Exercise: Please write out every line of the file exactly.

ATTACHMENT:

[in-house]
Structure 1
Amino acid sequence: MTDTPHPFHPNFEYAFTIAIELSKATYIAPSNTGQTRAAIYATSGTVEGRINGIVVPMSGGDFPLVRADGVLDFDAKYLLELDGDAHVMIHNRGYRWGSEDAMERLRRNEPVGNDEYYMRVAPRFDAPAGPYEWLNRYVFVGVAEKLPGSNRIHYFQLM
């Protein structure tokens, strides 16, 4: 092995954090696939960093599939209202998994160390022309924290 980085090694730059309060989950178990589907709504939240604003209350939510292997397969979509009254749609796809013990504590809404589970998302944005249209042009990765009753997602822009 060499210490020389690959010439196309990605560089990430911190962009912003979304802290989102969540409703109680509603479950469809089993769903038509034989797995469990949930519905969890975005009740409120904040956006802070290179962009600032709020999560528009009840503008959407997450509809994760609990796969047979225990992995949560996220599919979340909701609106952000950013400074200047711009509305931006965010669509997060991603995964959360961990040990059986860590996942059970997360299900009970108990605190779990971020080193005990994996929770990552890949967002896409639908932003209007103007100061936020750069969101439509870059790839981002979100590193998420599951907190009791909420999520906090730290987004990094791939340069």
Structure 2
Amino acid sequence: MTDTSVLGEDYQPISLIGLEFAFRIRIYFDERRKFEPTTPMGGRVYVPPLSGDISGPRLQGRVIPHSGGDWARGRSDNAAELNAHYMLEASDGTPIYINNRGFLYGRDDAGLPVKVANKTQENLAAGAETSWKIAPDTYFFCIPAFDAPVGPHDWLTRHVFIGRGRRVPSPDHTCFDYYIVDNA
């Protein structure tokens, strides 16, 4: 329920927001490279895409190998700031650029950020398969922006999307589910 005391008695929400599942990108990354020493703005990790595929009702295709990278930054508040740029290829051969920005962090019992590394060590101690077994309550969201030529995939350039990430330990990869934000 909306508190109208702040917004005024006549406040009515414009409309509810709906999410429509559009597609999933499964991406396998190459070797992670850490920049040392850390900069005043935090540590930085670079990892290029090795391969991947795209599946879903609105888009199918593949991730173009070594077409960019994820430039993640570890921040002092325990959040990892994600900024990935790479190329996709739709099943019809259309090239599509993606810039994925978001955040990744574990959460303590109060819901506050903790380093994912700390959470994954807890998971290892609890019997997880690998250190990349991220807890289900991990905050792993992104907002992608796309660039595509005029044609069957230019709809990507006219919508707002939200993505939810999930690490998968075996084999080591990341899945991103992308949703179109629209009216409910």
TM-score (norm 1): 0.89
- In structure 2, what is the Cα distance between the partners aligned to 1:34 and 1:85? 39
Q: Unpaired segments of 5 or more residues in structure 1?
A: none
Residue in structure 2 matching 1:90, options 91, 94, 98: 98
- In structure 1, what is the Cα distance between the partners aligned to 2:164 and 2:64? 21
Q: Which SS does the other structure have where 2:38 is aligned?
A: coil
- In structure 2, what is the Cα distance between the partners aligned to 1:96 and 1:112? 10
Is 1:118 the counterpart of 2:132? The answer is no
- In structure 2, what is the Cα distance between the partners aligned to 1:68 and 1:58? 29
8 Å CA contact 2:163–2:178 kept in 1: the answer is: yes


[in-house]
Structure 1
Amino acid sequence: MTDTPHPFHPNFEYAFTIAIELSKATYIAPSNTGQTRAAIYATSGTVEGRINGIVVPMSGGDFPLVRADGVLDFDAKYLLELDGDAHVMIHNRGYRWGSEDAMERLRRNEPVGNDEYYMRVAPRFDAPAGPYEWLNRYVFVGVAEKLPGSNRIHYFQLM
């Protein structure tokens, strides 16, 4: 092995954090696939960093599939209202998994160390022309924290 980085090694730059309060989950178990589907709504939240604003209350939510292997397969979509009254749609796809013990504590809404589970998302944005249209042009990765009753997602822009 060499210490020389690959010439196309990605560089990430911190962009912003979304802290989102969540409703109680509603479950469809089993769903038509034989797995469990949930519905969890975005009740409120904040956006802070290179962009600032709020999560528009009840503008959407997450509809994760609990796969047979225990992995949560996220599919979340909701609106952000950013400074200047711009509305931006965010669509997060991603995964959360961990040990059986860590996942059970997360299900009970108990605190779990971020080193005990994996929770990552890949967002896409639908932003209007103007100061936020750069969101439509870059790839981002979100590193998420599951907190009791909420999520906090730290987004990094791939340069």
Structure 2
Amino acid sequence: MTDTSVLGEDYQPISLIGLEFAFRIRIYFDERRKFEPTTPMGGRVYVPPLSGDISGPRLQGRVIPHSGGDWARGRSDNAAELNAHYMLEASDGTPIYINNRGFLYGRDDAGLPVKVANKTQENLAAGAETSWKIAPDTYFFCIPAFDAPVGPHDWLTRHVFIGRGRRVPSPDHTCFDYYIVDNA
């Protein structure tokens, strides 16, 4: 329920927001490279895409190998700031650029950020398969922006999307589910 005391008695929400599942990108990354020493703005990790595929009702295709990278930054508040740029290829051969920005962090019992590394060590101690077994309550969201030529995939350039990430330990990869934000 909306508190109208702040917004005024006549406040009515414009409309509810709906999410429509559009597609999933499964991406396998190459070797992670850490920049040392850390900069005043935090540590930085670079990892290029090795391969991947795209599946879903609105888009199918593949991730173009070594077409960019994820430039993640570890921040002092325990959040990892994600900024990935790479190329996709739709099943019809259309090239599509993606810039994925978001955040990744574990959460303590109060819901506050903790380093994912700390959470994954807890998971290892609890019997997880690998250190990349991220807890289900991990905050792993992104907002992608796309660039595509005029044609069957230019709809990507006219919508707002939200993505939810999930690490998968075996084999080591990341899945991103992308949703179109629209009216409910």
TM-score (norm 1): 0.89
- In structure 2, what is the Cα distance between the partners aligned to 1:34 and 1:85? 39
Q: Unpaired segments of 5 or more residues in structure 1?
A: none
Residue in structure 2 matching 1:90, options 91, 94, 98: 98
- In structure 1, what is the Cα distance between the partners aligned to 2:164 and 2:64? 21
Q: Which SS does the other structure have where 2:38 is aligned?
A: coil
- In structure 2, what is the Cα distance between the partners aligned to 1:96 and 1:112? 10
Is 1:118 the counterpart of 2:132? The answer is no
- In structure 2, what is the Cα distance between the partners aligned to 1:68 and 1:58? 29
8 Å CA contact 2:163–2:178 kept in 1: the answer is: yes